UNIVERSITY PARK, Pa. — Award-winning essayist and poet Paisley Rekdal will visit Penn State as the Fisher Family Writer-in-Residence during the week of March 14-18. As part of her visit de ella, Rekdal will give a free public reading at 7:30 pm on Thursday, March 17, in Paterno Library’s Foster Auditorium.
The in-person event will also be available via livestream; those interested in attending virtually must register in advance.
Rekdal is the author of a book of essays, “The Night My Mother Met Bruce Lee”; the hybrid-genre, photo-text memoir “Intimate”; the book-length essay “The Broken Country: “On Trauma, A Crime, and the Continuing Legacy of Vietnam”; and a book on cultural appropriation in literature titled, “Appropriate: A Provocation” (WW Norton, 2021). also the author of six books of poetry: “A Crash of Rhinos,” “Six Girls Without Pants,” “The Invention of the Kaleidoscope,” “Animal Eye,” “Imaginary Vessels” and “Nightingale.”
In “Appropriate: A Provocation,” Rekdal answers the question: “When is it appropriate to culturally appropriate in creative writing?” The Los Angeles Times describes the book and Rekdal’s treatment of this current, contentious issue this way: “Framed as a series of letters to a white student, X, who has written a poem partly in the voice of an older Black person… The letters investigate whether it is possible to successfully write across race, cases of racial impostors and interlopers, the nature of whiteness and much more… As a woman of mixed white and Chinese descent, Rekdal has been both outsider and insider, has experienced both othering and privilege.”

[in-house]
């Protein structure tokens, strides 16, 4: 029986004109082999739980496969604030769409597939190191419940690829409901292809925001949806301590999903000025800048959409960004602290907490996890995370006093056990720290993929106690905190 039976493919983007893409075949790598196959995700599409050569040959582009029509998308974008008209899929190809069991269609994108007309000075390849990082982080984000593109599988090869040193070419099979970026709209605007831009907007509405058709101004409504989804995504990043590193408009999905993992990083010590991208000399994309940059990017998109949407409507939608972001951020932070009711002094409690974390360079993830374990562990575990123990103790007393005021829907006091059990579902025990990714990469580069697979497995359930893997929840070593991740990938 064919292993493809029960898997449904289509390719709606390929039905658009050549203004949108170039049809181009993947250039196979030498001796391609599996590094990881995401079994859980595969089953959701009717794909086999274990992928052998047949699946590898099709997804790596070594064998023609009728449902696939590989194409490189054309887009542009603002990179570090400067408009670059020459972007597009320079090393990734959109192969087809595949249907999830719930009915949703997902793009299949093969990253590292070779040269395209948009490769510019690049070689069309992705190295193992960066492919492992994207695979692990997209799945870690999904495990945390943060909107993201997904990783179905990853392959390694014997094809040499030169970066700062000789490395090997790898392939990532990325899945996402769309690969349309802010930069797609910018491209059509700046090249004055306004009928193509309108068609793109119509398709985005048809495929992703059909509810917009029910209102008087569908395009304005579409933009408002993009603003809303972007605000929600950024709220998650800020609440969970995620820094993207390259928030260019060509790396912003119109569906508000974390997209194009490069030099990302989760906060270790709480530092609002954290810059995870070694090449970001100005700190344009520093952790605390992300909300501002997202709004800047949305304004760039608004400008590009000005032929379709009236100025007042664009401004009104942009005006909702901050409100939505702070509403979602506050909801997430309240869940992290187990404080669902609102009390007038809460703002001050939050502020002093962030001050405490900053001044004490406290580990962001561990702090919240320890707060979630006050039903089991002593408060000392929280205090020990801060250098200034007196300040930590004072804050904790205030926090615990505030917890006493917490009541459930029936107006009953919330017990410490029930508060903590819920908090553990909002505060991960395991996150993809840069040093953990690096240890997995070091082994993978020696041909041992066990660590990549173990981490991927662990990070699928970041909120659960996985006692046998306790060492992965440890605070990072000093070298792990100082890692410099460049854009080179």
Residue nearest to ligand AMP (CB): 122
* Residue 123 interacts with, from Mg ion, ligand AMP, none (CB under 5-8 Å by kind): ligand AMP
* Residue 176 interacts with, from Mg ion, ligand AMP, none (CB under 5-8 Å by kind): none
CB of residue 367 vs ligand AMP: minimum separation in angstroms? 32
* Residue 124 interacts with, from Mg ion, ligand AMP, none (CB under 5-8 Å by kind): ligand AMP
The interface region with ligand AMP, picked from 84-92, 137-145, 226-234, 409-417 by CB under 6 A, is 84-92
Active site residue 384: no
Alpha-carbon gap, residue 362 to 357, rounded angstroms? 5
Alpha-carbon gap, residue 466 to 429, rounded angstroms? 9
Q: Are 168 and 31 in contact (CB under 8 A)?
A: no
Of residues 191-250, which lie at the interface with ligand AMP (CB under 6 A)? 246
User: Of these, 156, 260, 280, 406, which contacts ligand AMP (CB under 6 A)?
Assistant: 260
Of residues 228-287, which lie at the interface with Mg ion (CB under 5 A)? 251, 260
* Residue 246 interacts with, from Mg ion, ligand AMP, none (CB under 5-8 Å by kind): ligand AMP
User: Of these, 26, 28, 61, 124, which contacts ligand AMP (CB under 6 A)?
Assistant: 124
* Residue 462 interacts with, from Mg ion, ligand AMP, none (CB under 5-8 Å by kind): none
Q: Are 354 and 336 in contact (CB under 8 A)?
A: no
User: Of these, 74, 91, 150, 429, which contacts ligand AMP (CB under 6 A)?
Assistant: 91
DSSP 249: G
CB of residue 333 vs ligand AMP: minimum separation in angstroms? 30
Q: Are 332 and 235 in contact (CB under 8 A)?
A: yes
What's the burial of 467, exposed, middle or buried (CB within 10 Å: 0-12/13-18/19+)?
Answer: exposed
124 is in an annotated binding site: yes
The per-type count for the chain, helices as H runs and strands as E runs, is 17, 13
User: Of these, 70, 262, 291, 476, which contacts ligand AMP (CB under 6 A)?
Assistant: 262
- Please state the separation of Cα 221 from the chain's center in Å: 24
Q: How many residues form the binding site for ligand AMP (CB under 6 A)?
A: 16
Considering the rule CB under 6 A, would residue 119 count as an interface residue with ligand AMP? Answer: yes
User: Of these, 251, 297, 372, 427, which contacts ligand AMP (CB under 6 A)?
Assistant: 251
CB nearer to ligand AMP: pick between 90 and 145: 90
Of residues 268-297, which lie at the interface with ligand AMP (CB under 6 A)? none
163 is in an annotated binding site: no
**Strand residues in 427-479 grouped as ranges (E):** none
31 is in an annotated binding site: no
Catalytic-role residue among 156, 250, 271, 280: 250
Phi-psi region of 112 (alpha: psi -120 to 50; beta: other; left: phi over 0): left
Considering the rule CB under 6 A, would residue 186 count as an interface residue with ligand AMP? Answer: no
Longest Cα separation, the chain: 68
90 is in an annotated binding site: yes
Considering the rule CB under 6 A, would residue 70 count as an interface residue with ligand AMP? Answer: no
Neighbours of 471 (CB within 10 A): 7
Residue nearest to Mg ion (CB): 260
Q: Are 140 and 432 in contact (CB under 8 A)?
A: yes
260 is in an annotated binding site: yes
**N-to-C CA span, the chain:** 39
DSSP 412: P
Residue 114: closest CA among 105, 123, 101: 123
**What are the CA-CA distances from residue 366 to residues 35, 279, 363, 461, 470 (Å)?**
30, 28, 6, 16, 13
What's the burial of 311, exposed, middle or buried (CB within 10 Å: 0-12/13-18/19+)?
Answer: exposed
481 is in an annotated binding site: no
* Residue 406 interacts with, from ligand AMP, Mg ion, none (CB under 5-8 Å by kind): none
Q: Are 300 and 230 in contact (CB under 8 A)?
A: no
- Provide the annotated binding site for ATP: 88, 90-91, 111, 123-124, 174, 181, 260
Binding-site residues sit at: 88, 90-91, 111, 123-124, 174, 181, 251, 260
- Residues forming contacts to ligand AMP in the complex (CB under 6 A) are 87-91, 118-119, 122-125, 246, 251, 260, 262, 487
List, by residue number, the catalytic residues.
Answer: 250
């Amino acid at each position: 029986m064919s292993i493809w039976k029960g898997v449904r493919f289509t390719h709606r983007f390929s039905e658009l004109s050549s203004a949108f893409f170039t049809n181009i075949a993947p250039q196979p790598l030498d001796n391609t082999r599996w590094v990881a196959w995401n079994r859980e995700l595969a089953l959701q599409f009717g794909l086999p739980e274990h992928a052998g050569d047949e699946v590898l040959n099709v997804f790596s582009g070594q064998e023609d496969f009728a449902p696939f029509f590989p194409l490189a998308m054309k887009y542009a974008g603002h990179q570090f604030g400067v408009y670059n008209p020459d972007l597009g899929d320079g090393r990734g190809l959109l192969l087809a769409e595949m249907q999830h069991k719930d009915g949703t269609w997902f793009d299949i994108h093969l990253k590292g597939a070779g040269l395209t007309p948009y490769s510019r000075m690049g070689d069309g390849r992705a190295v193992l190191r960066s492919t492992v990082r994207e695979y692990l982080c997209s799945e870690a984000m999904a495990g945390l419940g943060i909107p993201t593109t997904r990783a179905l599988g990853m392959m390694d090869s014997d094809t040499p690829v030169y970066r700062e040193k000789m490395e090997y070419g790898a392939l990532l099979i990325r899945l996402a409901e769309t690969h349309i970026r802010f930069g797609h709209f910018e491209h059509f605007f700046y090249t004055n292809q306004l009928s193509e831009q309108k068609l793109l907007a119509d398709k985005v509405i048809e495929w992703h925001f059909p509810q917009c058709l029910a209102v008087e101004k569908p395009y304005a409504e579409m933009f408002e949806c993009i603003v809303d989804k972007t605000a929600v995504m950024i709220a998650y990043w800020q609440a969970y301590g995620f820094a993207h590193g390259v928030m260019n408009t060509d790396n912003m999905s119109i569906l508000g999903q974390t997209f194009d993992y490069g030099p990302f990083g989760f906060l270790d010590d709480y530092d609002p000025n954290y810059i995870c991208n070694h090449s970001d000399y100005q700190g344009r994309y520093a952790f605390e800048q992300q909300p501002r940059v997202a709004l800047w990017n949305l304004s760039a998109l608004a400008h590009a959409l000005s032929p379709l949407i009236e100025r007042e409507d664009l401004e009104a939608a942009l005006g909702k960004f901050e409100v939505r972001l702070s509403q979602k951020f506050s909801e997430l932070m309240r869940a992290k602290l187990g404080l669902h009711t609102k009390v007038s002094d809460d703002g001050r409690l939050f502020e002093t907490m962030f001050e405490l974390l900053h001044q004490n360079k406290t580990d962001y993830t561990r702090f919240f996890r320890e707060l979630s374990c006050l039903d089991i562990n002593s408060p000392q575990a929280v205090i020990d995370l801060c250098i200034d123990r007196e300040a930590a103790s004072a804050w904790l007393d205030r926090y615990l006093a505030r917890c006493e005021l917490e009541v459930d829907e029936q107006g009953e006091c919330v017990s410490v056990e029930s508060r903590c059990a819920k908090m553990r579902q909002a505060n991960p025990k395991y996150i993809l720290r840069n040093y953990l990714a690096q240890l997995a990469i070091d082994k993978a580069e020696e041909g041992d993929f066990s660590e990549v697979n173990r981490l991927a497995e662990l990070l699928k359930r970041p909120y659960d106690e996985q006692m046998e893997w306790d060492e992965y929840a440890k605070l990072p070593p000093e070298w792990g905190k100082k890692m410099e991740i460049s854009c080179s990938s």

In “Nightingale,” Rekdal rewrites and contemporizes many of the myths central to Ovid’s epic, “The Metamorphoses.” Rekdal’s book won the Washington State Book Award and was named a Washington Post “Best Poetry Collection” selection and an NPR “Best of 2019” selection. The New York Journal of Books writes that the collection “explores what few writers since Ovid have reminded us: metamorphosis is a violent act, requiring dismemberment, silence, and fragmentation before we can become something new.”
A two-time finalist for the Kingsley Tufts Prize, her work has received the Amy Lowell Poetry Traveling Fellowship, a Guggenheim Fellowship, an NEA Fellowship, Pushcart Prizes, the Academy of American Poets Poet Laureate Fellowship, and inclusion in five editions of the Best American poetry series. She guest edited “The Best American Poetry 2020” anthology.
Rekdal’s poems and essays have appeared in, or are forthcoming from, The New York Times Magazine, American Poetry Review, The Kenyon Review, Poetry, The New Republic, Virginia Quarterly Review, Tin House, and on National Public Radio, among others. A distinguished professor at the University of Utah, Rekdal is currently serving as Utah’s poet laureate.
The Fisher Family Writer-in-Residence is sponsored by Steven Fisher, a 1970 alumnus in English, and receives generous support from the Joseph L. Grucci Poetry Endowment, University Libraries, the Department of English, and the College of the Liberal Arts.